Can you leave off the ending ?> tag in a PHP file?
Yes – and in fact, sometimes it’s the BEST thing to do.
I first heard of this in a newslist post, where a member insisted that this should be done rather than ending code with the traditional closing ?> tag.
There’s a very good reason for this in WordPress – if you leave it off your wp-config.php file, then you will avoid the dreaded ‘headers already sent’ message coming from a broken one:
Cannot modify header information – headers already sent by (output started at XXX) in XXX/wp-config.php on line X
The reason is that everything outside of the <?php and ?> tags is considering HTML or text; and so if there is too much following the ending tag in wp-config.php, the system assumes the web page has started. And once the web page has started, the option to send headers is lost – so when WP sends out some headers later, you get that error.
So leaving off ?> is a GOOD thing for wp-config.php – but is it a SAFE thing?
Surprisingly enough, yes. Besides trying it on my server (PHP 4.30, about as old as you can go and still run WordPress), I also checked around:
- The PHP docs on the ?> tag states that “The closing tag of a PHP block at the end of a file is optional, and in some cases omitting it is helpful”.
- Drupal refers back to PHP.net in mentioning it is optional, further pointing out that “PHP.net itself removes the closing delimiter from the end of its files, so this can be seen as a ‘best practice'”.
- Zend has taken it a step further, actually forbidding ending ?> tags in code for the Zend framework: “For files that contain only PHP code, the closing tag (“?>”) is never permitted.”.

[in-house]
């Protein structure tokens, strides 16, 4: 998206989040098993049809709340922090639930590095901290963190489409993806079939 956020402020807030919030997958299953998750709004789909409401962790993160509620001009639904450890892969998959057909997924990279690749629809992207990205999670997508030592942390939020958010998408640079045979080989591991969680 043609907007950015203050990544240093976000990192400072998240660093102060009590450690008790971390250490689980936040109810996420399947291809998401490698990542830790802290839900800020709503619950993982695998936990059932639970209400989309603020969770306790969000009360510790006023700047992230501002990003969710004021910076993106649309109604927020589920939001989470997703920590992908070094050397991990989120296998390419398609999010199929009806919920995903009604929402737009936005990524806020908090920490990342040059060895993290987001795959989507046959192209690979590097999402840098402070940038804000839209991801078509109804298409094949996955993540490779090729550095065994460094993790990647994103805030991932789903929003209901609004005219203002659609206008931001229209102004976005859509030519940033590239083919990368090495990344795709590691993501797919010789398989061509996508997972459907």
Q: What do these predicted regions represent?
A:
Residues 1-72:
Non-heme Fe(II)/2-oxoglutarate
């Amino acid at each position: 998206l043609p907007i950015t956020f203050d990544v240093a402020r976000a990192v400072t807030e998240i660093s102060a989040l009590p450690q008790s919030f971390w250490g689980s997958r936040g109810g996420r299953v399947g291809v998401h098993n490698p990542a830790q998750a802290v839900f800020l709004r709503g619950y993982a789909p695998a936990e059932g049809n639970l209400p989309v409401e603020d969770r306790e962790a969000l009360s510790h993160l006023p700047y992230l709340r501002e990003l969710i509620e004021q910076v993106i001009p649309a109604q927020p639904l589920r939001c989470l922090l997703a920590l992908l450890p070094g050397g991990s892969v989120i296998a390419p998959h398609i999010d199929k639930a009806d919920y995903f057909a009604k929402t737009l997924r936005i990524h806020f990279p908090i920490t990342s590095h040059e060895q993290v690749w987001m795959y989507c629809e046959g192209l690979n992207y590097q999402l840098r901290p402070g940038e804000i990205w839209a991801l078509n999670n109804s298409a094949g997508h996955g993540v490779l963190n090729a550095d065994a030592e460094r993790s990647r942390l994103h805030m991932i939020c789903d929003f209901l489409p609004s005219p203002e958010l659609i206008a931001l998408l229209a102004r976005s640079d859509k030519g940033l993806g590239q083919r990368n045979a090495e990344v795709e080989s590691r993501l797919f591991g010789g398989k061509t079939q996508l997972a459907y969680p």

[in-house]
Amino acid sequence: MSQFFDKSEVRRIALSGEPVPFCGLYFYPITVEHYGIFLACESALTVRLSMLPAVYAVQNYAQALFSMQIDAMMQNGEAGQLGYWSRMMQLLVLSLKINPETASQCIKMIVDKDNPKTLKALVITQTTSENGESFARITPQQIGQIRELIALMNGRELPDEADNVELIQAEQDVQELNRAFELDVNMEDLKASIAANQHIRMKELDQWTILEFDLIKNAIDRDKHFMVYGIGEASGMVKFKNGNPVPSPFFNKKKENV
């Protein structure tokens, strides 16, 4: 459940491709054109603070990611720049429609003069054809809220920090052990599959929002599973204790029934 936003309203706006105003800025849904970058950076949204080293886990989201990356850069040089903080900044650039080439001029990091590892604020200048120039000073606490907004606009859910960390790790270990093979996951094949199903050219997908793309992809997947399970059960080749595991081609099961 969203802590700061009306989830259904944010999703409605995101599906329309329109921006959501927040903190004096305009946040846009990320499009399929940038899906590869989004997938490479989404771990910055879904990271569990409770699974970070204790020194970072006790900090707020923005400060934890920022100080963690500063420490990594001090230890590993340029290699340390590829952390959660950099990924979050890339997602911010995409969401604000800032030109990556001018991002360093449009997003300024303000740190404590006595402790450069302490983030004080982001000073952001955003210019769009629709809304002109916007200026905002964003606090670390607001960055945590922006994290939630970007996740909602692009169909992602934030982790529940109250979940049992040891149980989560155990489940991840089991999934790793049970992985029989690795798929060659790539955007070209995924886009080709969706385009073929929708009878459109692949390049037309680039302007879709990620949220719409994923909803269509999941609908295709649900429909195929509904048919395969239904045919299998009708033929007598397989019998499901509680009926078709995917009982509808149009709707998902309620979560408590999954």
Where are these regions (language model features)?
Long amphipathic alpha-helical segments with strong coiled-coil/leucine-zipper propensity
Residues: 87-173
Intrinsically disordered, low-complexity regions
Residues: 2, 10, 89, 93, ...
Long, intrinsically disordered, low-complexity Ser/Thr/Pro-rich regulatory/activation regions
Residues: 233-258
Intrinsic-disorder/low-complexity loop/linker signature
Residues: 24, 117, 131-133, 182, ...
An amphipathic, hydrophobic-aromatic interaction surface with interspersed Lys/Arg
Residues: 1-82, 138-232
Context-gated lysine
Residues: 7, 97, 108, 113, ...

Given that so many are leaning towards NOT using it, shall we go through our code and remove it everywhere in a PHP-fueled witch hunt?
No – but in specific files, like wp-config.php, it makes perfect sense.
In all my troubleshooting, I can think of many, many times this header error message came up, and was ultimately traced to that file. Fixing that single file by removing the end tag goes a long way towards solving that problem for many users.
Ultimately, the reason it even IS a problem rests with Windows. Editing the file on Windows computers often adds a linefeed/return combination to each line in the file (on the Linux style computers that run most servers, the lines are ended with a single return character only). The result is the file appears to have two line breaks after the ?> and the file starts outputting HTML (in this case, a blank line).
Point of trivia: PHP ignores the first line break after a closing ?> – it’s the second one that starts the output, and screws it up for later header output.
Eventually, I could see a movement towards never ending a file with the closing PHP tag in codebases like WordPress – but right now, there’s only a few files worthy of immediate attention:
- Obviously, wp-config.php, which has the lion’s shares of maintenance headaches associated with this trailing tag.
- Plugins. Try adding a few blank lines after the ?> in your favorite plugin. Since they get loaded before headers are sent, you’ll end up with the same error message, and problem.
- Any file that can/normally would be edited. Obviously, core WordPress files need no fixing – but plugins that users need to tweak should leave it off. Otherwise, they risk inserting code where they shouldn’t, and risk adding a few blanks.
This research has been an eye opener. From first appearing a possible ‘hack’, it’s obvious that the safe way to write PHP in the future is to leave off the ?> tag. While I’m not planning to retrofit my plugins, certainly new ones are going to get the once over – as a way of making my maintenance (and my user’s blood pressure) a little lower.